Genetics will also be subject to Daubert and Frye challenges prior to trial in toxic tort cases. An expert must consider all possible causes before coming to his/her conclusion. Genetics are one possible cause of or gateway to disease. If an epidemiologist rules in exposure to an alleged toxin, but fails to rule in genetics, the expert’s method is clearly unreliable. Without appropriately ruling in genetics, the expert is incapable of ruling out genetics as a cause.5 Defense attorneys should routinely check whether plaintiffs’ experts adequately consider genetics before opining that genes played no role in causing the disease.

If the plaintiff did not submit to genetic testing for his or her own case theory, defendants can request such testing during discovery under Federal Rule of Civil Procedure 35, or your state equivalent.6 Genetic testing, in many cases, can be done by taking a saliva swab or drawing blood, rather than an invasive or painful procedure. So long as plaintiff put his or her health at issue, genetic testing should be permitted during discovery as it may produce highly probative evidence of causation. Defendants should argue that plaintiff’s genes, rather than the alleged exposure, are the actual cause. In the alternative, genetic testing may expose the absence of necessary “cause and effect” biomarkers.7 The presence or absence of these biomarkers may ultimately implicate the alleged toxin or some alternative cause in plaintiff’s disease.

Although genetic testing has potential for high rewards, there are also high risks involved in unfavorable results from the tests. Bringing up genetics as an alternative cause opens the door for plaintiffs to argue they are genetically susceptible to the disease. Any risk plaintiffs can bring up at trial in combination with the alleged exposure may assist plaintiffs in meeting their burden. Moreover, if certain biomarkers of effect are present in the results, plaintiffs will surely use that ‘smoking gun’ as qualitative evidence that the alleged toxin caused the injuries. Regardless of the potential risks involved, genetic evidence may provide clearer explanation of the actual cause of injuries.

Current State of Genomic Science in the Courtroom

As we indicated earlier, genomic evidence is no stranger to the courtroom. Since the early 2000s, litigants sought to use genetics as support for causation theories in products liability, toxic tort, and vaccination cases. Genetic evidence is utilized as an alternative cause, to show susceptibility to toxic effect, and in showing the presence of absence of biomarkers of exposure and/or effect.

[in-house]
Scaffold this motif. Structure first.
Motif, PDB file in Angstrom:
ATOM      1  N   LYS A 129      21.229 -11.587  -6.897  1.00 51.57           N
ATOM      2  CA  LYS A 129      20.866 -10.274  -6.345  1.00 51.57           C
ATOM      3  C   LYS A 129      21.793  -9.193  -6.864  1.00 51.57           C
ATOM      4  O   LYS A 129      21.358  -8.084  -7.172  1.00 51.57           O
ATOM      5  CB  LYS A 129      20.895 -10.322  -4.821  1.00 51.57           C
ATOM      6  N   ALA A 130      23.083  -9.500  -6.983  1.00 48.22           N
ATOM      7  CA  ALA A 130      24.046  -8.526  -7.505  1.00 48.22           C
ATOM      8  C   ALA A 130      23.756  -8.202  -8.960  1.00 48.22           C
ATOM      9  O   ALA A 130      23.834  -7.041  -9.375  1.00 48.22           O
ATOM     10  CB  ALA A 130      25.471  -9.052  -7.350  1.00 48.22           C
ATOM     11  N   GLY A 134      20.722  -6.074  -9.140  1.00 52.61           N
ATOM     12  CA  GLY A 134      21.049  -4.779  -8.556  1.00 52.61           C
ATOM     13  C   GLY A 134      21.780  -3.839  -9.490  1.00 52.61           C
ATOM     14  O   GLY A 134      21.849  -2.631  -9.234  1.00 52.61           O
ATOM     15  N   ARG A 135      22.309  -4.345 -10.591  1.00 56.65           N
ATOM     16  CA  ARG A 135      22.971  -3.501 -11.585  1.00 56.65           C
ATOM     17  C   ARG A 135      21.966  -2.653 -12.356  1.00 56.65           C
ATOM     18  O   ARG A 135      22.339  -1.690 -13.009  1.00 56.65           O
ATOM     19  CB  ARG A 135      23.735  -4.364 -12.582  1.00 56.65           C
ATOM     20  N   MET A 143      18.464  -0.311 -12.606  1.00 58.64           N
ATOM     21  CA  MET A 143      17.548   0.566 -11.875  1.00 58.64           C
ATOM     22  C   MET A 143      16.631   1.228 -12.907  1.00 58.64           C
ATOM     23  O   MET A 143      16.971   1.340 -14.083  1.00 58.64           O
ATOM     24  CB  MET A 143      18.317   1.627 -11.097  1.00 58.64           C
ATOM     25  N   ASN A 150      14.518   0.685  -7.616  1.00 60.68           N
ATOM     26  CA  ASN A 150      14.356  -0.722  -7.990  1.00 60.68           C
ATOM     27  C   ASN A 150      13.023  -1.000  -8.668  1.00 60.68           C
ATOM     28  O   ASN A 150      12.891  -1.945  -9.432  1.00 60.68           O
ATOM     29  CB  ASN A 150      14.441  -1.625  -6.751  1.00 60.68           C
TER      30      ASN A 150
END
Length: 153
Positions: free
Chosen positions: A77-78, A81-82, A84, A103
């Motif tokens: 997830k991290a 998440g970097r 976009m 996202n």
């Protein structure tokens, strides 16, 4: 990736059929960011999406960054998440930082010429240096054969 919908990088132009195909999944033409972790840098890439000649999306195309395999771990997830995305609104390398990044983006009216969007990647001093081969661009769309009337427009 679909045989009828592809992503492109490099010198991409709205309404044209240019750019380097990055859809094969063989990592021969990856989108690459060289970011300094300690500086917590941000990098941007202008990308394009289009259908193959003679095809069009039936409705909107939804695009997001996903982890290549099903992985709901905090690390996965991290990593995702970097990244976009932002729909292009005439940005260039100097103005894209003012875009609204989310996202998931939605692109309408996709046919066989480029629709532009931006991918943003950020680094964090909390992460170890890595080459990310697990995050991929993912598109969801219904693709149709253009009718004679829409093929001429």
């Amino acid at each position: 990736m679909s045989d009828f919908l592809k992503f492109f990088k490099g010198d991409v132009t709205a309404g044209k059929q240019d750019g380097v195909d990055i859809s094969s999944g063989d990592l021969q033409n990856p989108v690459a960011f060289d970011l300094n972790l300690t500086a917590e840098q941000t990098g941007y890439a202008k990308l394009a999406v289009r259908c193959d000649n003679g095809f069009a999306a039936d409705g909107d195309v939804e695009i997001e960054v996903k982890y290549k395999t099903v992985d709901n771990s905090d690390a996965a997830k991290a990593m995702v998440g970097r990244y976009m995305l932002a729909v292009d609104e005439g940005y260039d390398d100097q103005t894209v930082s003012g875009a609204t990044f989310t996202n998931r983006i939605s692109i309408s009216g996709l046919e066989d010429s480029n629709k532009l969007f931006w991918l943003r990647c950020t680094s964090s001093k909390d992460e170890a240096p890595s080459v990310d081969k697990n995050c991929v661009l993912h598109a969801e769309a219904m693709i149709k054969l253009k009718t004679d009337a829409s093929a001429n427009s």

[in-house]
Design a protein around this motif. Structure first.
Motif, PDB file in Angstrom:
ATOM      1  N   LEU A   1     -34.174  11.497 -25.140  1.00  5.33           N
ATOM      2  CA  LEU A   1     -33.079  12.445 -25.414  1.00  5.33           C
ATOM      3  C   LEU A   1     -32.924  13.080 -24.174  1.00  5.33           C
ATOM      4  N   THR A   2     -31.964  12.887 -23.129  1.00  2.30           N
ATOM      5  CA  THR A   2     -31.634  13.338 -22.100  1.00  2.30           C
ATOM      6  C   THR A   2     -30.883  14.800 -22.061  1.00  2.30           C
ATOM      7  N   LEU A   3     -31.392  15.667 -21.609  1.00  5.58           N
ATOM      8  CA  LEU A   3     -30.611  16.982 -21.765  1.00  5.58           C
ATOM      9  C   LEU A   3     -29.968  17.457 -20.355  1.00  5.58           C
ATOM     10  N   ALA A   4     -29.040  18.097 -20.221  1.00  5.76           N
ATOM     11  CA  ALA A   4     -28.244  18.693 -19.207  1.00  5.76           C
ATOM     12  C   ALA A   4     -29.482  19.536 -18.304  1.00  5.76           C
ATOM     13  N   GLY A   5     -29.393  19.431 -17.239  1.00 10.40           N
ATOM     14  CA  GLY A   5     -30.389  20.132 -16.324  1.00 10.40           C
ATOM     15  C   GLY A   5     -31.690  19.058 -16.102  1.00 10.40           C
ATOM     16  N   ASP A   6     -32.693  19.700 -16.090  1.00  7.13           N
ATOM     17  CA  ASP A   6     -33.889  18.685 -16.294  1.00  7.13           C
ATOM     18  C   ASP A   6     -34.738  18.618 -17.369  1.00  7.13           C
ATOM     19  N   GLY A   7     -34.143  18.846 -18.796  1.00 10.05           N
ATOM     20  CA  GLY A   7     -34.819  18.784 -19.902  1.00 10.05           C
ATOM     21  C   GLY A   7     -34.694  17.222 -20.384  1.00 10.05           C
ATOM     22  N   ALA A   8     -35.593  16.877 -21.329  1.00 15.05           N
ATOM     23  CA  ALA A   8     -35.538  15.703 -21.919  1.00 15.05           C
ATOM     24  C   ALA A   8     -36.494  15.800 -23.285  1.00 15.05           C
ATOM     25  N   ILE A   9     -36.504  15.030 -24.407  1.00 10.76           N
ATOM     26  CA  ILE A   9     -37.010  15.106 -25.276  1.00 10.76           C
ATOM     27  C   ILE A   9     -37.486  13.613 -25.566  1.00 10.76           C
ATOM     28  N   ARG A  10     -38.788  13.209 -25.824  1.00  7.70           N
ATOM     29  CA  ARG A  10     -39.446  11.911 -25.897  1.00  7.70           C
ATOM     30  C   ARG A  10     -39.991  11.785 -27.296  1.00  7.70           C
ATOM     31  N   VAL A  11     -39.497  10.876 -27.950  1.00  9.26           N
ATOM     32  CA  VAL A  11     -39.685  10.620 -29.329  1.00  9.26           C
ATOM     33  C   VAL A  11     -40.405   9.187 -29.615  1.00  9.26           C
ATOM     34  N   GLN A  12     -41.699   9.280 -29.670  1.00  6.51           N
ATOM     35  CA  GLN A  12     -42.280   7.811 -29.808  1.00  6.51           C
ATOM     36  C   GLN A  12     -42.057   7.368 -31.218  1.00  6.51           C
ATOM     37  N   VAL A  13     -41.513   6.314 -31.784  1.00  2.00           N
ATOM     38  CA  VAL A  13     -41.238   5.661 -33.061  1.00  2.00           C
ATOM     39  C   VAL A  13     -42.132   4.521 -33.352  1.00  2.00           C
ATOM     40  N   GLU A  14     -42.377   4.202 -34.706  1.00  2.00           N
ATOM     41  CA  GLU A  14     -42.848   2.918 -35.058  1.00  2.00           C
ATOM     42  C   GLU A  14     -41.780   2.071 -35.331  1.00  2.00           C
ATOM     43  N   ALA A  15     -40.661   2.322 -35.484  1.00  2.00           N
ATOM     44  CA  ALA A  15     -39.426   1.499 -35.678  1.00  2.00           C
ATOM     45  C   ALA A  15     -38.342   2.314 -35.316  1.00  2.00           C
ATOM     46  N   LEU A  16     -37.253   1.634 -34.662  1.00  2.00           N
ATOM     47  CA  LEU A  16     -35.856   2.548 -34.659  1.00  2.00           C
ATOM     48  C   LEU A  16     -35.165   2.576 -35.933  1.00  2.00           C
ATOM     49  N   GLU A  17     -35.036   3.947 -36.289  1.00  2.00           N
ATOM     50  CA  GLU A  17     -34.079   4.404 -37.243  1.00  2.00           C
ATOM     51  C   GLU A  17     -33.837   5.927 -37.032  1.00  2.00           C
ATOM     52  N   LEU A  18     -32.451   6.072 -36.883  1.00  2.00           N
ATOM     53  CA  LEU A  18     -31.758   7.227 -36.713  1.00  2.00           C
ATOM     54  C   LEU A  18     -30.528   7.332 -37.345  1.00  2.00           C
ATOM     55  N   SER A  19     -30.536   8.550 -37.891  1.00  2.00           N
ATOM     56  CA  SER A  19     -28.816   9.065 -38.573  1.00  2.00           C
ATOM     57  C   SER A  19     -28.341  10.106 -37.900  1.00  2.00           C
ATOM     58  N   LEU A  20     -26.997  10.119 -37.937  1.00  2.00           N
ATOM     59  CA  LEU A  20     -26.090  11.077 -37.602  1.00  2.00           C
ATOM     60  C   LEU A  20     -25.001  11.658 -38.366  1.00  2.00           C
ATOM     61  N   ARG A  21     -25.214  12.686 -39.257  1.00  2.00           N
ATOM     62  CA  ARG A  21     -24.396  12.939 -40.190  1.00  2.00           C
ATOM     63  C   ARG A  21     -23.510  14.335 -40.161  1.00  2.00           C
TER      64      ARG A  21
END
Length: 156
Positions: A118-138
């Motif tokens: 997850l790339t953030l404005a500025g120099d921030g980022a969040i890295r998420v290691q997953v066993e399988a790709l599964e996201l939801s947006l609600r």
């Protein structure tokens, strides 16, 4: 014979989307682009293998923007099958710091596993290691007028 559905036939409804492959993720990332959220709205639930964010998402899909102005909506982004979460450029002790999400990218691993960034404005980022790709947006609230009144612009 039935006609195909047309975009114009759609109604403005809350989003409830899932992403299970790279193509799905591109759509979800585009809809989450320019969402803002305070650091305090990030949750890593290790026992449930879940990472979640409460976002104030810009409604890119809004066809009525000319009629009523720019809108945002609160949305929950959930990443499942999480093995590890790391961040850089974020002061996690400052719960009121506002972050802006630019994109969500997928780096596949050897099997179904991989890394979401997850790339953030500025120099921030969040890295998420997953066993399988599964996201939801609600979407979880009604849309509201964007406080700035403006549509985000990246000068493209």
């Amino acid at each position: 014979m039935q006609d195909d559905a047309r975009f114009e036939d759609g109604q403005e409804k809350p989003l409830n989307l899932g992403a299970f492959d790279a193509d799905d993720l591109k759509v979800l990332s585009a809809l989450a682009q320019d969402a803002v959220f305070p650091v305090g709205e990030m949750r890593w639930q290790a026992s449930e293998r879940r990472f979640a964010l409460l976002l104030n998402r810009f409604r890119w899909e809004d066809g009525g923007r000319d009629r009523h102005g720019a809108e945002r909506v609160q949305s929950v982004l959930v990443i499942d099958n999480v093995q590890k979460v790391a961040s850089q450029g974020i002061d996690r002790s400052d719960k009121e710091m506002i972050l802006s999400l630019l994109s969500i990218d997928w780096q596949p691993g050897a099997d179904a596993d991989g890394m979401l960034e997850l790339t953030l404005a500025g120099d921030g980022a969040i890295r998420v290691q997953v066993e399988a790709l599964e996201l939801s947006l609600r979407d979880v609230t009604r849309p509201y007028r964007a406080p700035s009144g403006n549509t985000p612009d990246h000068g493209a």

Alternative Causation

The most prominent advocate of using genetics as an alternative cause is the United States government in defending claims under the Childhood Vaccine Injury Act of 1986.8 See e.g., Hopkins v. Sec’y of HHS, 84 Fed. Cl. 530, 540-41 (2008); Deribeaux v. Sec’y of HHS, 717 F.3d 1363 (Fed. Cir. 2013); Snyder v. Sec’y of HHS, 553 Fed. Appx. 994(Fed. Cir. 2014). In Snyder, the plaintiffs brought claims under the Vaccine Act, 42 U.S.C. § 300aa-1 – 300aa-34, alleging they suffered from Severe Myoclonic Epilepsy of Infancy (“SMEI”) as a result of receiving the DTaP vaccine. Id. at 995. Plaintiffs submitted to genetic testing which identified a mutated SCN1A gene in each child. This gene provides instructions for making sodium ion channels; abnormal function of these channels may cause seizures. Id. at 996. There, compensation was denied after experts stated the SCN1A gene mutation identified in each plaintiff was the sole cause of their seizure disorders. Id. at 997. Snyder highlights the importance of using up to date science and experienced experts. Ultimately, the judge weighed the Secretary’s experts’ evidence more heavily and discredited the plaintiffs’ expert who lacked in experience and could not explain how the DTaP vaccine actually affected the children. Id. at 1000-1003.9